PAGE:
EVERYBODY'S DOING IT WALKING FOR CHARITY Go race for a cause: It's that time of year
It's a sure sign of spring : packs of walkers and runners filling downtown streets to raise money and awareness for local notfor-profits.
April opens the charity walk season, calling attention to causes ranging from cancer research to homelessness.
Most of the races are 5Ks, traversing 3.1-mile routes in or near downtown. The relatively short distance and flat terrain make the events a great way to get started walking or running, said Marcia Gascho, a board member of the Indy Runners club.
But she cautions some of the more popular events, such as breast-cancer fund raiser Race for the Cure, can be crowded.
For most participants, these are fitness events and not really races. So Gascho encourages people to be prepared for a slower pace and lots of families.
"They are moving parties because there is lots of excitement and energy around them," said Gascho, 53. "And they are for good causes."
Race for the Cure is in fact the grandmother of charity races in Indianapolis. The April 21 event has been a downtown fixture since 1992. It is part of a network of nationwide events to support the Susan G. Komen Breast Cancer Foundation.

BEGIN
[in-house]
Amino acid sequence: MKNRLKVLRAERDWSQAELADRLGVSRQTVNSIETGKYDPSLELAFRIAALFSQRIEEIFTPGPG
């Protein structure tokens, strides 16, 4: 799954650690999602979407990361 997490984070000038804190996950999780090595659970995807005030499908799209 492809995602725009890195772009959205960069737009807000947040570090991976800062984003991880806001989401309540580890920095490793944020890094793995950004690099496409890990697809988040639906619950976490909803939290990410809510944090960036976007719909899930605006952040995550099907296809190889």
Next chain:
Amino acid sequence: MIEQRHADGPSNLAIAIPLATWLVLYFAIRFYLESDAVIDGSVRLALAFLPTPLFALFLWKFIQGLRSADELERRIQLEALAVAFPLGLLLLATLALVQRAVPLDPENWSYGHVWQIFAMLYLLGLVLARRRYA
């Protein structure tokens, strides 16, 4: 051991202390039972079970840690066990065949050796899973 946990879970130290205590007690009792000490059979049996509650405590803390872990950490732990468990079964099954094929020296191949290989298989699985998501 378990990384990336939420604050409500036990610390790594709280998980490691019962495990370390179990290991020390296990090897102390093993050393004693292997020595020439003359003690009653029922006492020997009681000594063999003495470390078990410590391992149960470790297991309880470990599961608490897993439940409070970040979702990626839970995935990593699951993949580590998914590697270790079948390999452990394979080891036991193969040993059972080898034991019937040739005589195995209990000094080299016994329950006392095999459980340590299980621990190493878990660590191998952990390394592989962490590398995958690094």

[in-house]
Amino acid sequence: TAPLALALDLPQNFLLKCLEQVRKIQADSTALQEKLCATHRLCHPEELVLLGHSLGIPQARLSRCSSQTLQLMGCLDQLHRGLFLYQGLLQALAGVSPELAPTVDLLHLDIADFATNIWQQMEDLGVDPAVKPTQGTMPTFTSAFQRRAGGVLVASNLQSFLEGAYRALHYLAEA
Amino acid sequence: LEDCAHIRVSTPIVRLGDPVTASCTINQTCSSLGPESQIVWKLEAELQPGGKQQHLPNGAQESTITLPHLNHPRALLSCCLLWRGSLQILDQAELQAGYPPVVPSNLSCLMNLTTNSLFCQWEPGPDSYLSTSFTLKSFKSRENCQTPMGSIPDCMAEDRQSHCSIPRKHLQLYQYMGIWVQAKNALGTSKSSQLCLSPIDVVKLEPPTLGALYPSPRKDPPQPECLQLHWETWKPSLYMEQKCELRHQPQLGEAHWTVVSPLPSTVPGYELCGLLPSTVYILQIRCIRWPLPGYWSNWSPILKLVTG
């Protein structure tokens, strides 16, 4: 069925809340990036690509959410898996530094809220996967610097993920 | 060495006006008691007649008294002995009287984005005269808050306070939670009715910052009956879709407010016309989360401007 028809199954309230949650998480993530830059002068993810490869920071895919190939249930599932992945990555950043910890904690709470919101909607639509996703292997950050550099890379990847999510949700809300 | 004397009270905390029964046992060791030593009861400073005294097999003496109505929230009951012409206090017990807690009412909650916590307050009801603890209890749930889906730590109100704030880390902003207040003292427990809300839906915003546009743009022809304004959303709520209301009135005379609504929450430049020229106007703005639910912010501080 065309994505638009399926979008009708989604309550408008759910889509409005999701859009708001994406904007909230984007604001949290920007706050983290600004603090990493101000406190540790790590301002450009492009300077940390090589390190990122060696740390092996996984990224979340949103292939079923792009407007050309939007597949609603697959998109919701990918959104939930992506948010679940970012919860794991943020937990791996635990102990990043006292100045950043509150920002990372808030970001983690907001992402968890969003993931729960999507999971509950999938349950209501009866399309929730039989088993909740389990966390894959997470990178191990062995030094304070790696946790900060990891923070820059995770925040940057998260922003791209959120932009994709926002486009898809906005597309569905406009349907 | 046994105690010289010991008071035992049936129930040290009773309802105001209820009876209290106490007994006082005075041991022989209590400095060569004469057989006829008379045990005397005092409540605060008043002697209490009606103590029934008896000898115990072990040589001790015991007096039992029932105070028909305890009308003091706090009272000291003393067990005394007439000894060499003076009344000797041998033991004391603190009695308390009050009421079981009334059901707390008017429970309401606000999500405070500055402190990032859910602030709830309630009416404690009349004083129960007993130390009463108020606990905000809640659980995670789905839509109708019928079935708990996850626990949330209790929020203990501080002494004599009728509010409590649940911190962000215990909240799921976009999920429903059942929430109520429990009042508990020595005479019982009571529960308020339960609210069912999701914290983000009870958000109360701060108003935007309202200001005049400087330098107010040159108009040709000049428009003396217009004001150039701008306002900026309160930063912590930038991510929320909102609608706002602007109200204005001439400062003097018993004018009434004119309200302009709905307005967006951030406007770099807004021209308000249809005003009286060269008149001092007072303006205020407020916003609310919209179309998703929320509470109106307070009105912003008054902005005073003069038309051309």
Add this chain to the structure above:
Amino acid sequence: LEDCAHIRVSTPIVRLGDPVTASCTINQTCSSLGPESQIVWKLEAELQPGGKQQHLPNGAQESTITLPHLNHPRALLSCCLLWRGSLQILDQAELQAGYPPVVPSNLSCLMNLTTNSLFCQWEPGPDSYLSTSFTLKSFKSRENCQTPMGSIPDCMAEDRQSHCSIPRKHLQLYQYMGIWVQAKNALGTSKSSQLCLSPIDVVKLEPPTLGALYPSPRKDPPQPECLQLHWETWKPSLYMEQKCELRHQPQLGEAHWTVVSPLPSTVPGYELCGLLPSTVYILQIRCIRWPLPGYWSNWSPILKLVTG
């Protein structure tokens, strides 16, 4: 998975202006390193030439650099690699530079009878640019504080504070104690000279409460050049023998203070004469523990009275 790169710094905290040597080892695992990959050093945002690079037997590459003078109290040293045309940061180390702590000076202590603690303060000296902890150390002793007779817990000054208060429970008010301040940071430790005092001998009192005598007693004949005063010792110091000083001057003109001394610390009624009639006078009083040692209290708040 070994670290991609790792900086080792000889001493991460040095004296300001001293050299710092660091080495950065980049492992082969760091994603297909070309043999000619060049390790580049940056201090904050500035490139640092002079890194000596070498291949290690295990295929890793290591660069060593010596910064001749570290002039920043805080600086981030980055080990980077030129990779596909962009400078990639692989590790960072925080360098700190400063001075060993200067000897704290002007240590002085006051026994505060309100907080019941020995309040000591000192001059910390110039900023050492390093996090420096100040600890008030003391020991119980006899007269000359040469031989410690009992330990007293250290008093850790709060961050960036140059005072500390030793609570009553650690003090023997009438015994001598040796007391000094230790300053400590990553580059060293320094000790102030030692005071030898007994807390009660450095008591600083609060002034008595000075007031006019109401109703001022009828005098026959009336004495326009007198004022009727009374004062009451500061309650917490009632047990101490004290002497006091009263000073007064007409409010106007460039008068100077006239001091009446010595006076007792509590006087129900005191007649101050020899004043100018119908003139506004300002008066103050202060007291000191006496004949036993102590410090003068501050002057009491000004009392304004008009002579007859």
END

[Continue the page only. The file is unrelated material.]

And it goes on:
An estimated 35,000 runners and walkers are expected this year, said Dana Curish, executive director of the Indianapolis Komen affiliate. In 2006, the event raised more than $1.6 million.
More than 70 percent of Race for the Cure participants register as part of a team, Curish said. Many teams are families of women with breast cancer or the loved ones of women who have died of the disease. Others are book groups or teams of neighbors or co-workers.
The biggest team for the Indianapolis race comes from Clarian Health, the hospital network. Team Clarian, as it is known, has registered 5,632 walkers and runners this year.
Though there's a sameness to many events, some are intentionally different.
This is the fourth year for the Humane Society of Indianapolis' charity walk: Mutt Strut, scheduled for April 29 at Indianapolis Motor Speedway. The event raises money to care for unwanted animals and help them find new homes.
Walkers gather at the Brickyard and take one 2.5-mile lap around the track. Participants are encouraged to bring their pets and many do, said Alison Billings, special events coordinator for HSI.
Last year, the event raised $158,000 and attracted more than 1,500 walkers.
"We're unique in that we aren't a race," she said. "This is a day for you and your pet to ... take a leisurely stroll around this historic Indianapolis landmark. We've even had a few humans join their pets in getting down on all fours at the finish line to kiss the bricks."